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We measured biochemical markers of excitability in brain excised for neurosurgical therapy of epilepsy. Intraoperative electrocorticography was used to identify and compare samples from regions of persistent interictal spike discharges and areas of the cerebral convexity which were free of interictal piking. We found that interictal spiking was associated with elevated tissue levels of the excitatory amino acids glutamic acid (26%, p < 0.001) and aspartic acid (25%, p < 0.05). There was also a significant increase in the activity of the enzymes glutamic acid dehydrogenase (20%, p < 0.01) and aspartate acid aminotransferase (18%, p < 0.01) which are involved in their formation. There was no change in the levels of the inhibitory neurotransmitters GABA or taurine. We also found a significant increase in the activity of tyrosine hydroxylase (52%, p < 0.001), the rate controlling enzyme in catecholamine biosynthesis. There was a reduction in the density (Bmax) of cortical alpha-1 adrenoceptors (26%, p < 0.01) and a concommitant diminution of receptor coupled phosphatidylinositide metabolism (21%, p < 0.01). This blunting of inhibitory noradrenergic transmembrane signaling may contribute to a relative imbalance between excitatory and inhibitory mechanisms in epileptogenic neocortex.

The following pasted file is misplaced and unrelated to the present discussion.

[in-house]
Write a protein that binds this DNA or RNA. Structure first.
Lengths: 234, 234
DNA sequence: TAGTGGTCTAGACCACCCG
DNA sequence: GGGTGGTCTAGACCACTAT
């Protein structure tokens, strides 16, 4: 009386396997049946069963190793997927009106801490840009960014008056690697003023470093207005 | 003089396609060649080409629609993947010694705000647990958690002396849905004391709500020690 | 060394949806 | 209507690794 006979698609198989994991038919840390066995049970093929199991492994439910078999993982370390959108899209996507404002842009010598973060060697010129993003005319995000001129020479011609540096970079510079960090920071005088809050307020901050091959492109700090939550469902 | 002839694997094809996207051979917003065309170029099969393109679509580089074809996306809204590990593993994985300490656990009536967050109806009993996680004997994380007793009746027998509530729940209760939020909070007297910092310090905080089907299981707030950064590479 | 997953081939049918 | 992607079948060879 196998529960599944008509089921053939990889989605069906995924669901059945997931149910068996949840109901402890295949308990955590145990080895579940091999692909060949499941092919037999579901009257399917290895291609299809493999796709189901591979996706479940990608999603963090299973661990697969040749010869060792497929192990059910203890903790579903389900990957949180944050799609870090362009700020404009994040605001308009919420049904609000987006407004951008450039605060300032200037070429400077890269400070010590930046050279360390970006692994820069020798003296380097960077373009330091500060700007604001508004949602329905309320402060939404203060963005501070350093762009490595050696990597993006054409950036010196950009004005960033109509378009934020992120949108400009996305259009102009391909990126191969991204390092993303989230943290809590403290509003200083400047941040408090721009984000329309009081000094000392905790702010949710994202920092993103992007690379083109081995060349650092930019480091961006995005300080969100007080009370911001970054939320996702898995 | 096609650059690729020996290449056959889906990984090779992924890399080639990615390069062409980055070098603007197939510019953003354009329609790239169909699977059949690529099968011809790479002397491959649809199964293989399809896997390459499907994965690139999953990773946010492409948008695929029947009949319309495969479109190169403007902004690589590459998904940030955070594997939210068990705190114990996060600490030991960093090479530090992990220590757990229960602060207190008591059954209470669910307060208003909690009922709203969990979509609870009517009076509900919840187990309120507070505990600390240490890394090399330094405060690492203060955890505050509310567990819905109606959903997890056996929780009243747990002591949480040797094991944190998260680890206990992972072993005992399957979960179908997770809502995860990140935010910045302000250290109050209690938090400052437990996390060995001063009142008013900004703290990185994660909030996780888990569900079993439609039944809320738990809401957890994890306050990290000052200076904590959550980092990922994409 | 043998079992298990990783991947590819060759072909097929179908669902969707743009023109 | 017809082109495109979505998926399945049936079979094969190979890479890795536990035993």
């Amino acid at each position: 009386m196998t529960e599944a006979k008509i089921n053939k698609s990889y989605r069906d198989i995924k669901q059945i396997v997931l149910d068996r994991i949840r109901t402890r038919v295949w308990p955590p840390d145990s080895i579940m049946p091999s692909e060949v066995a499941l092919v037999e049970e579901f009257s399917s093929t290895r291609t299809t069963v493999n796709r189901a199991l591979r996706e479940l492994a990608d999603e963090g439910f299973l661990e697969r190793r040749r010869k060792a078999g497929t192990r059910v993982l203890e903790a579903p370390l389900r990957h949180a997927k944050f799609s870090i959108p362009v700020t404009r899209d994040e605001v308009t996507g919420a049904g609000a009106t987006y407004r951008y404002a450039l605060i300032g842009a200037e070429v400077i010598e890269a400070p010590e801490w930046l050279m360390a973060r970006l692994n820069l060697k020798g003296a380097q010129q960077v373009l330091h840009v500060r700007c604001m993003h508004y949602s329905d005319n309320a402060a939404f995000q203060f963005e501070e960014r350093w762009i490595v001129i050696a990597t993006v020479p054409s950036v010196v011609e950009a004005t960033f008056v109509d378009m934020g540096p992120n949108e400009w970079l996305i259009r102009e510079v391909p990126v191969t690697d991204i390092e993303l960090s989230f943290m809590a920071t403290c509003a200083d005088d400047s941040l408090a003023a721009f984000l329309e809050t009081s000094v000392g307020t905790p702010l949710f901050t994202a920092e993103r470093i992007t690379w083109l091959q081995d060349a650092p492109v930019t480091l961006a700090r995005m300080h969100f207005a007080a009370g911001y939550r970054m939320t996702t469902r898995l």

Consecutive craniotomies (118) drawn from major hospitals, and performed for disorders other than epilepsy or acute trauma were reviewed. The final diagnosis included tumor (70), subdural hematoma (13), aneurysm (10), arteriovenous malformation (7), and miscellaneous lesions (18). Eighty-seven (73.7%) patients had not experienced seizures prior to neurosurgery, II of these (12.6%) had a seizure within the first week, in six the attack occurred within 24 hours, and of these three had further attacks. In contrast, of the 31 patients (26.3%) that had one or more seizures prior to operation, II patients (35.5%) had seizures within the first week. In ten patients seizures occurred within the first 24 hours and of these seven had one or more recurrences later in the week. Anticonvulsant drugs were administered to 72 patients before operation, including all those with a history of seizures, hut loading doses were not utilized to ensure therapeutic levels. In patients with predisposing factors to postoperative seizures, anticonvulsant drugs should be administered before or immediately following craniotomy in adequate dosage to rapidly achieve and maintain effective plasma levels. Phenytoin, owing to its minimal sedative effects is the drug of choice. A loading dose of18 milligrams per kilogram can be safely administered as an admixture to an intravenous infusion of 0.9% saline with careful monitoring of cardiopulmonary function.
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